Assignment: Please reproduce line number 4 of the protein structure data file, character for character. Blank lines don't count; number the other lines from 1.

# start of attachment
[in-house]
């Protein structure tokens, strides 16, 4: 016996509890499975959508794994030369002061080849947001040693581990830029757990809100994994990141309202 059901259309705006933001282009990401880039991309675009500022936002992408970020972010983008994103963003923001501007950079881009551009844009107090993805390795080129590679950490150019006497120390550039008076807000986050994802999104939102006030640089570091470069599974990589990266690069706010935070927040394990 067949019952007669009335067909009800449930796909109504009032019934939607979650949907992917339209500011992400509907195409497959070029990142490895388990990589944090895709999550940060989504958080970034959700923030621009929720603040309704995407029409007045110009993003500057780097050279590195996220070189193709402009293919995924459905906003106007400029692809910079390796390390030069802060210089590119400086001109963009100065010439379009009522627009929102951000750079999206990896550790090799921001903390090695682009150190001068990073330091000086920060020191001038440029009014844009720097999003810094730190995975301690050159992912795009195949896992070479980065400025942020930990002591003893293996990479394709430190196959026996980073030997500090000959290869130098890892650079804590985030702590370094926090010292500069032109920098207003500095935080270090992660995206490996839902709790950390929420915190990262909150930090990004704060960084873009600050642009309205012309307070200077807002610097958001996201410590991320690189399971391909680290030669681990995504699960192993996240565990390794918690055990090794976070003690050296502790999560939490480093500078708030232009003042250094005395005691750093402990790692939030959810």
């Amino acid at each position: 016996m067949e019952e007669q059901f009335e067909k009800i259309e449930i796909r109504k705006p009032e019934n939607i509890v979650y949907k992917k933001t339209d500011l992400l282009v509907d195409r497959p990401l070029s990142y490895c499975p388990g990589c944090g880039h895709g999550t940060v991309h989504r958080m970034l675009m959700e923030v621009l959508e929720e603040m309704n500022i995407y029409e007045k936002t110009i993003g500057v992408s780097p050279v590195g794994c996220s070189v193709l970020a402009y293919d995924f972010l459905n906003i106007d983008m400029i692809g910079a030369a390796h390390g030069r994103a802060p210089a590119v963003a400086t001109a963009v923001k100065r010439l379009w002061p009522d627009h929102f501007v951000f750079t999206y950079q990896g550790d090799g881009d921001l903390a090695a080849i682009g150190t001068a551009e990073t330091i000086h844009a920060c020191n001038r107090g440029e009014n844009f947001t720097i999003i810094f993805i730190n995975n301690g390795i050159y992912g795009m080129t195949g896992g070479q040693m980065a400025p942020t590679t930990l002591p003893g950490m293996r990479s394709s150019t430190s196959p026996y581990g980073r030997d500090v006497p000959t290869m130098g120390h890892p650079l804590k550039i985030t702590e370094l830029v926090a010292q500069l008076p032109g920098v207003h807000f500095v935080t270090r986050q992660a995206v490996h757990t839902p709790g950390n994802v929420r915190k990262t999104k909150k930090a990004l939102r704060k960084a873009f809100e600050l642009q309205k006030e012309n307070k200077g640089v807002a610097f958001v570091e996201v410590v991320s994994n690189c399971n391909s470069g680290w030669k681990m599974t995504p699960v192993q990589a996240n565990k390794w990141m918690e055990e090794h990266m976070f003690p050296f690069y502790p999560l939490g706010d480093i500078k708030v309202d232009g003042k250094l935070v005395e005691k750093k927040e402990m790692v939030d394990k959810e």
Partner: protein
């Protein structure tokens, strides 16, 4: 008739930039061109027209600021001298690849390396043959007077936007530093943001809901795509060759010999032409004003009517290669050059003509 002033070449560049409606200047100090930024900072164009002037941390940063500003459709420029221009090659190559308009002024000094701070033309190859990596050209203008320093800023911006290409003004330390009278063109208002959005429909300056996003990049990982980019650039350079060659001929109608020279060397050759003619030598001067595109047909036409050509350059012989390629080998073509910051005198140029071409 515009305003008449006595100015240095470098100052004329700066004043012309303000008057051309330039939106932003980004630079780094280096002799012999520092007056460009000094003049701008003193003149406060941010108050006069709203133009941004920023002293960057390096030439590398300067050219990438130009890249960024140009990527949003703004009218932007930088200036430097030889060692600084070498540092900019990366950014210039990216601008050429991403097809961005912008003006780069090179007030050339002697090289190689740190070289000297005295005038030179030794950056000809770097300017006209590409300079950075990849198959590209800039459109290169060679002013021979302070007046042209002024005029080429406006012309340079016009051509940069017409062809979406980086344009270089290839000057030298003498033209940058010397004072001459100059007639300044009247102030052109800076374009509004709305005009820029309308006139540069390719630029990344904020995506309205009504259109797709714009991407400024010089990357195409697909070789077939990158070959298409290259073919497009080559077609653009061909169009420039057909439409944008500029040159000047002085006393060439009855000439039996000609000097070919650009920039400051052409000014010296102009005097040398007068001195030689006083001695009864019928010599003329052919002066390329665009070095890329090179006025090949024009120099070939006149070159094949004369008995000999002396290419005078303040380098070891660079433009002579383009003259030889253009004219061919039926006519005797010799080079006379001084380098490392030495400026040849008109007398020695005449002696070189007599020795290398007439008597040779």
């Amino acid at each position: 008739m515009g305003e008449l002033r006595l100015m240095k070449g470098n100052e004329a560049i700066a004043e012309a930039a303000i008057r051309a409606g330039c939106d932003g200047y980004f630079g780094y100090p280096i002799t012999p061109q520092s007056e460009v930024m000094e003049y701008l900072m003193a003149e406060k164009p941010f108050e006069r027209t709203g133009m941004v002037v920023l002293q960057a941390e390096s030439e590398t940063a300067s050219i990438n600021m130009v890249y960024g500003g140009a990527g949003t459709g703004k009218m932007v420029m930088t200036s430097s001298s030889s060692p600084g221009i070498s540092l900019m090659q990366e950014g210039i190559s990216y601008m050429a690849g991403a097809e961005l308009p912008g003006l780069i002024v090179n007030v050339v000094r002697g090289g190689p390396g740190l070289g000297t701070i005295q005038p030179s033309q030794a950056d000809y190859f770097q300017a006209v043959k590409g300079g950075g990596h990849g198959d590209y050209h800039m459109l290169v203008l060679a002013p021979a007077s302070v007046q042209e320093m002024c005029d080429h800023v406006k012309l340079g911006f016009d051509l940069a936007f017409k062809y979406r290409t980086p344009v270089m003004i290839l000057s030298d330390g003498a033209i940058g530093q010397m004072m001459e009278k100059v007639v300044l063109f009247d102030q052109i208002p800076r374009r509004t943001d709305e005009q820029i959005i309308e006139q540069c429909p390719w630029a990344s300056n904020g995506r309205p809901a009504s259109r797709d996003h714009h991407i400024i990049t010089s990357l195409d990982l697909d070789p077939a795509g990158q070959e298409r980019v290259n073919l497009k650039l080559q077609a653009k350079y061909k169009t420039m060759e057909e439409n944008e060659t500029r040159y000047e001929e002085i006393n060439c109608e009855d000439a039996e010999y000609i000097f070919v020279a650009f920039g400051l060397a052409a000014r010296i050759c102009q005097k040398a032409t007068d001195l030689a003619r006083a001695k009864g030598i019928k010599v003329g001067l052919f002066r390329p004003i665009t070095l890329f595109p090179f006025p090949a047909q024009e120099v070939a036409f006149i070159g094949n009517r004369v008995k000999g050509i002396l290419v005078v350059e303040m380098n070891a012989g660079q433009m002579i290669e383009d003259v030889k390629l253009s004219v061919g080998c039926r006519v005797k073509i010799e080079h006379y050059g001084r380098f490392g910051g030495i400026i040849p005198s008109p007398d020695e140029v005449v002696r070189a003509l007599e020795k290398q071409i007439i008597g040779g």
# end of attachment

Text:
Partner: protein